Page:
The trumpeter swans, signets, canvasbacks and mallards. (Robin Rowland)
A great blue heron huddles against the snow storm. (Robin Rowland)
Another great blue heron. (Robin Rowland)
A loon in the choppy waves of Kitimat harbour. (Robin Rowland)
There were more crows than usual Sunday morning at the Kitamaat Village waterfront. Crows perching on old driftwood roots….
…or in the air along the shore line.
Suddenly all the crows took to the air….that murder of crows (or as one of the other birders said “it looks like two murders”).
It was soon clear that they were mobbing a juvenile bald eagle.
The eagle escaped the crows. And we saw it about 20 minutes later, a little further away over the mouth of Whatl Creek at MK Bay, flying over some gulls skimming the water.
Fly past. A bald eagle passes some mallard ducks in flight over Kitimat harbour. (Robin Rowland)
A flock of mallards fly over Kitimat harbour. (Robin Rowland)
A “murder of crows” fly toward Kitamaat Village from the Kitimat harbour. (Robin Rowland)
A crow comes in for landing on the shores of Kitamaat Village. (Robin Rowland)
The beach at Kitamaat Village as the tide begins to recede with the sun shining on the fog in Kitmat harbour. (Robin Rowland)
A pair of bald eagles find perches on a old snag on the Kitamaat Village waterfront. (Robin Rowland)
A sparrow hides in the long grass and wildflowers in the Kitamaat Village seawall (Robin Rowland)
A humpback whale that apparently survived a ship strike feeds in Bishop Bay, BC, Monday August 28, 2017. The whale is missing part of its back close to the dorsal fin. (Robin Rowland)
I went down “the Channel” (the collective name for the waters of Douglas Channel and the surrounding passages, channels and canals) with friends on Monday, August 28.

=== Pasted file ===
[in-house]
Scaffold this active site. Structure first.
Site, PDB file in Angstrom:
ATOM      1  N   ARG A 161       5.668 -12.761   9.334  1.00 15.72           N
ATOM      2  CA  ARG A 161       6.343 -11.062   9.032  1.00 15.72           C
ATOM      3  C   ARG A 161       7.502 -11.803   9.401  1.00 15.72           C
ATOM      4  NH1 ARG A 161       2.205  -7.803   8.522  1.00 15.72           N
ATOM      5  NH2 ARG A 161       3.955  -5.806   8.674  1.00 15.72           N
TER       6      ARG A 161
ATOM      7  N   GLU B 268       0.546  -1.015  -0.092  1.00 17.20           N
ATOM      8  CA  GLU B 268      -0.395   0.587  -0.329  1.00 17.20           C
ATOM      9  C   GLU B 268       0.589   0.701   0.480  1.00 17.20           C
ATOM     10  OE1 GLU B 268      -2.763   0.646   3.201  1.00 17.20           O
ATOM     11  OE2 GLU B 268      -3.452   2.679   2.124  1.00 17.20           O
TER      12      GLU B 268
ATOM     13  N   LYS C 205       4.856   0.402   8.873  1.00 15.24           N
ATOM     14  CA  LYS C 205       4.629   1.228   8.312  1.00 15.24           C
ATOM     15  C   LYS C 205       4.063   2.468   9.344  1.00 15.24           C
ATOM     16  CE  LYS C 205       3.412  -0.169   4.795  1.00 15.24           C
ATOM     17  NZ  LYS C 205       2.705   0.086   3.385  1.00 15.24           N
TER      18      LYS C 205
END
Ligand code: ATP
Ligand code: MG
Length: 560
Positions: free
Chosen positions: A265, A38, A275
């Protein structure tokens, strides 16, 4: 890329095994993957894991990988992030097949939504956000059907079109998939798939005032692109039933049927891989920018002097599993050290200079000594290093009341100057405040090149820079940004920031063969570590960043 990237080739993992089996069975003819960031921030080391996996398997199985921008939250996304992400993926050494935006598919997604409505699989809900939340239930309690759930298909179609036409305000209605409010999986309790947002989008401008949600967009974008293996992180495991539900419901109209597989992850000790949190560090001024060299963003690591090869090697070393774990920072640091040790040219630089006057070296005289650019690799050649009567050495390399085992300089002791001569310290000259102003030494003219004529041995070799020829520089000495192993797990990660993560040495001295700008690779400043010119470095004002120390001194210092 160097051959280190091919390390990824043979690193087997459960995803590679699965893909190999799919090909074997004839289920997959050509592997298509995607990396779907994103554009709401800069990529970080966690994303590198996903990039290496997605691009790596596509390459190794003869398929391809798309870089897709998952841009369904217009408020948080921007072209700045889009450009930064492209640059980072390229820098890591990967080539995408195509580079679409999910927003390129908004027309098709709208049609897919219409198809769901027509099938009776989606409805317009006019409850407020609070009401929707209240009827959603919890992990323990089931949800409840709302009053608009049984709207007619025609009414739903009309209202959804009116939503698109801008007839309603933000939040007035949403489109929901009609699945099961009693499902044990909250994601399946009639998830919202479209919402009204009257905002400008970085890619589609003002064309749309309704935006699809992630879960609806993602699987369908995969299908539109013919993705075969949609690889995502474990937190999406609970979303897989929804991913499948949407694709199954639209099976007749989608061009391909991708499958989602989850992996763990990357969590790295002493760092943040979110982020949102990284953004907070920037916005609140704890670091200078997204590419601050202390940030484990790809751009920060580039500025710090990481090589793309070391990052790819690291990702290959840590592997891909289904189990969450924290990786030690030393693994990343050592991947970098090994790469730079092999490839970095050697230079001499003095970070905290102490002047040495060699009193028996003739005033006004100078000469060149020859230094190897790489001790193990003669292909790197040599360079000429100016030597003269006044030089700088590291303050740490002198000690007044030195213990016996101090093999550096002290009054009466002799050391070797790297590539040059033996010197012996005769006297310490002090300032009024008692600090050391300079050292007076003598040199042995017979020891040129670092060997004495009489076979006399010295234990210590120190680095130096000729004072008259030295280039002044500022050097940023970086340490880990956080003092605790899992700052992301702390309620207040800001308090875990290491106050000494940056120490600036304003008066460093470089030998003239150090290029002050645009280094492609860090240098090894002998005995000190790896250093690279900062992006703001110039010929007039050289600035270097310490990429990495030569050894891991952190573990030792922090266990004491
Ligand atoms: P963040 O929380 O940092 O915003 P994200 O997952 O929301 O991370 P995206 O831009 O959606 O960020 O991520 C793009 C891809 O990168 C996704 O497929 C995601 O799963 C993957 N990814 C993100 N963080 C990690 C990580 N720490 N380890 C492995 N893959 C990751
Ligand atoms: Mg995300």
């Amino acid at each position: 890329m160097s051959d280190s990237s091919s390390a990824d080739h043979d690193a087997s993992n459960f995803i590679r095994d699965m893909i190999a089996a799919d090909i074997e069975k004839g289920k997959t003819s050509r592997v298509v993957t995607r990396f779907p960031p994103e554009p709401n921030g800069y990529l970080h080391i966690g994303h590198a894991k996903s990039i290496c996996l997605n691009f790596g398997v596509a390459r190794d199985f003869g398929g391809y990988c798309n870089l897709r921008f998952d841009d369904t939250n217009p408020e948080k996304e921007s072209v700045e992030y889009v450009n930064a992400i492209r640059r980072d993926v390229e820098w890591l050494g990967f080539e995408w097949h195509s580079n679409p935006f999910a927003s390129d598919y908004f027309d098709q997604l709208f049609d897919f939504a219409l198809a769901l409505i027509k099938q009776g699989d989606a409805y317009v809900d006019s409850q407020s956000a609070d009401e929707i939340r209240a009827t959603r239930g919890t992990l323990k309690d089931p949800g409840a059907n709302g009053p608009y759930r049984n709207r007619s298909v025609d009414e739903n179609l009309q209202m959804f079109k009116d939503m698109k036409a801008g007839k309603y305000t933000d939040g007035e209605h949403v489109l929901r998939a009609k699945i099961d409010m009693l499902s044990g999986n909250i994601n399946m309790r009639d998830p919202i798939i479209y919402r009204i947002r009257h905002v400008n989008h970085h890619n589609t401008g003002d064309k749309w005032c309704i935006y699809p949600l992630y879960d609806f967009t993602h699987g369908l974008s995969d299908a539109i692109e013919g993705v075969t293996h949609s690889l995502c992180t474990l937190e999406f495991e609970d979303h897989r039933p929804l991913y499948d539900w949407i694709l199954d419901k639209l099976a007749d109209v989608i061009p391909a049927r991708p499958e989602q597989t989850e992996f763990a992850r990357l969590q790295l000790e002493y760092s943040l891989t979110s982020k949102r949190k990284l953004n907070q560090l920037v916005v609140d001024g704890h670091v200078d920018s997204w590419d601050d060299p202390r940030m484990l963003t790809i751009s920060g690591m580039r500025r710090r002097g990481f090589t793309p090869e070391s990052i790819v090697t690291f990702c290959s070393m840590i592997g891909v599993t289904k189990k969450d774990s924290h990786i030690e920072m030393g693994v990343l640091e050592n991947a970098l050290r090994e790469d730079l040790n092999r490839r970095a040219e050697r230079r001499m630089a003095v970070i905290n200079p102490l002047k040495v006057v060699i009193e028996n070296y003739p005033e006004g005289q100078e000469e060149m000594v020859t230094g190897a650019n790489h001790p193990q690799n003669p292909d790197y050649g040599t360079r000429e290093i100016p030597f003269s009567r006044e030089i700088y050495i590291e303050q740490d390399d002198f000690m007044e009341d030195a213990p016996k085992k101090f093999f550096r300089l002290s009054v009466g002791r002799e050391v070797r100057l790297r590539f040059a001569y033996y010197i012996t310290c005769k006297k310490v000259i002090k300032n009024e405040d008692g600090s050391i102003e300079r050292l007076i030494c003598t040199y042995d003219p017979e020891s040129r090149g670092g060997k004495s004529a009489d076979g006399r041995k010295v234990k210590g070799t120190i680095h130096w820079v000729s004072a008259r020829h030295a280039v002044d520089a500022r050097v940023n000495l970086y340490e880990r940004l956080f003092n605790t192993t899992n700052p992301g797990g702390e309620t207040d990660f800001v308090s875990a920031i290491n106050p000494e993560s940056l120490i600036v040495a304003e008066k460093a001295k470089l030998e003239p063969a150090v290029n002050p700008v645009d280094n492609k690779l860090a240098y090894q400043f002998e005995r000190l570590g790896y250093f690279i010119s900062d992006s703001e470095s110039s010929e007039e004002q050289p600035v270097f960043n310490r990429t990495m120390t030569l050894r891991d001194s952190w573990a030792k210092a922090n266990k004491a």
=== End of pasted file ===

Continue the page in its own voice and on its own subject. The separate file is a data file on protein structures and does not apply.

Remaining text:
We were first heading down Ursula Channel toward Monkey Beach where I was going to shoot some portraits of my friends, Before we got to Monkey Beach we saw humpbacks breaching far, far down Ursula Channel.
After we finished shooting the portraits, we went into nearby Bishop Bay for supper. We never made it to the famed Bishop Bay hotsprings. There was a pod of perhaps seven humpbacks hugging the shore, feeding. So we had supper on board and spent a couple of hours watching and photographing the humbacks.
Four humpbacks feed along the shore of Bishop Bay. (Robin Rowland)
As well the whale missing a chunk from its back, at least two others showed scarring from probable past ship or boat encounters.
Two humpback’s one missing part of its back, feed in Bishop Bay. (Robin Rowland)
A humpback with a scarred back and dorsal fin in Bishop Bay (Robin Rowland)
Another view of the scarred humpback. (Robin Rowland)
The scarred humpback dives showing its fluke (Robin Rowland)
Another humpback showing its scars. (Robin Rowland)
A whale blows in Bishop Bay. (Robin Rowland)
A humpback fluke with what looks like chewed edges. (Robin Rowland)
Another view of the humpback with the strange flukes (Robin Rowland)
Another humpback fluke. Fluke are a different as fingerprints which is how scientists identify them. (Robin Rowland)
A third fluke (Robin Rowland)
And perhaps a fourth (Robin Rowland)
And finally a jellyfish that floated past our boat. (Robin Rowland)
The root side of a driftwood stump creates a wonderful pattern, January 1, 2017, at Minette Bay Lodge. (Robin Rowland)
While this stump, emerging from the icy waters of Minette Bay, sort of looks like a sea monster. January 1, 2017 (Robin Rowland)